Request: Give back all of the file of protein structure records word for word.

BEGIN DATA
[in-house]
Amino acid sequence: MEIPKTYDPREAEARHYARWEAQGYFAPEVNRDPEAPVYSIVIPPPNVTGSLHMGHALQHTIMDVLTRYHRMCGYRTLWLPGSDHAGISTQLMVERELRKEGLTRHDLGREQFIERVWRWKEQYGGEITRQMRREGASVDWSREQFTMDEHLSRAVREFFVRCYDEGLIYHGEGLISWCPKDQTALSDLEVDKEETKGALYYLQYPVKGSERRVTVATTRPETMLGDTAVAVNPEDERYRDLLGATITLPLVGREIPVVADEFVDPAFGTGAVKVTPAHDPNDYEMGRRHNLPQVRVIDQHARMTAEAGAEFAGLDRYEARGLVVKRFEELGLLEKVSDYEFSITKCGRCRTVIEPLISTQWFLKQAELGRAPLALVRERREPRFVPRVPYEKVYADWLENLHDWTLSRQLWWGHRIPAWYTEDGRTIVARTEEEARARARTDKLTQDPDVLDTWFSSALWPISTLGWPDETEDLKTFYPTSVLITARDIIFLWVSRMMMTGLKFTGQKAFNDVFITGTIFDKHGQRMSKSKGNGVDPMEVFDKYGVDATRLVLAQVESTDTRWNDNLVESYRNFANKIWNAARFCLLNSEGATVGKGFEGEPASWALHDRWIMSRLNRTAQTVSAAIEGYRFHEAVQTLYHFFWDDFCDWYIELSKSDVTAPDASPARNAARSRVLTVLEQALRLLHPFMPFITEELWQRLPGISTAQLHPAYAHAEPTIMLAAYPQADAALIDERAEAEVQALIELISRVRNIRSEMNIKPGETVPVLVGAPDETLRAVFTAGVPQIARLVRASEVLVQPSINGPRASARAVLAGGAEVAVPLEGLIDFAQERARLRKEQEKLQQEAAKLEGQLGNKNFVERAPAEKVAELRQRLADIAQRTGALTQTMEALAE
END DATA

[in-house]
Amino acid sequence: MEIPKTYDPREAEARHYARWEAQGYFAPEVNRDPEAPVYSIVIPPPNVTGSLHMGHALQHTIMDVLTRYHRMCGYRTLWLPGSDHAGISTQLMVERELRKEGLTRHDLGREQFIERVWRWKEQYGGEITRQMRREGASVDWSREQFTMDEHLSRAVREFFVRCYDEGLIYHGEGLISWCPKDQTALSDLEVDKEETKGALYYLQYPVKGSERRVTVATTRPETMLGDTAVAVNPEDERYRDLLGATITLPLVGREIPVVADEFVDPAFGTGAVKVTPAHDPNDYEMGRRHNLPQVRVIDQHARMTAEAGAEFAGLDRYEARGLVVKRFEELGLLEKVSDYEFSITKCGRCRTVIEPLISTQWFLKQAELGRAPLALVRERREPRFVPRVPYEKVYADWLENLHDWTLSRQLWWGHRIPAWYTEDGRTIVARTEEEARARARTDKLTQDPDVLDTWFSSALWPISTLGWPDETEDLKTFYPTSVLITARDIIFLWVSRMMMTGLKFTGQKAFNDVFITGTIFDKHGQRMSKSKGNGVDPMEVFDKYGVDATRLVLAQVESTDTRWNDNLVESYRNFANKIWNAARFCLLNSEGATVGKGFEGEPASWALHDRWIMSRLNRTAQTVSAAIEGYRFHEAVQTLYHFFWDDFCDWYIELSKSDVTAPDASPARNAARSRVLTVLEQALRLLHPFMPFITEELWQRLPGISTAQLHPAYAHAEPTIMLAAYPQADAALIDERAEAEVQALIELISRVRNIRSEMNIKPGETVPVLVGAPDETLRAVFTAGVPQIARLVRASEVLVQPSINGPRASARAVLAGGAEVAVPLEGLIDFAQERARLRKEQEKLQQEAAKLEGQLGNKNFVERAPAEKVAELRQRLADIAQRTGALTQTMEALAE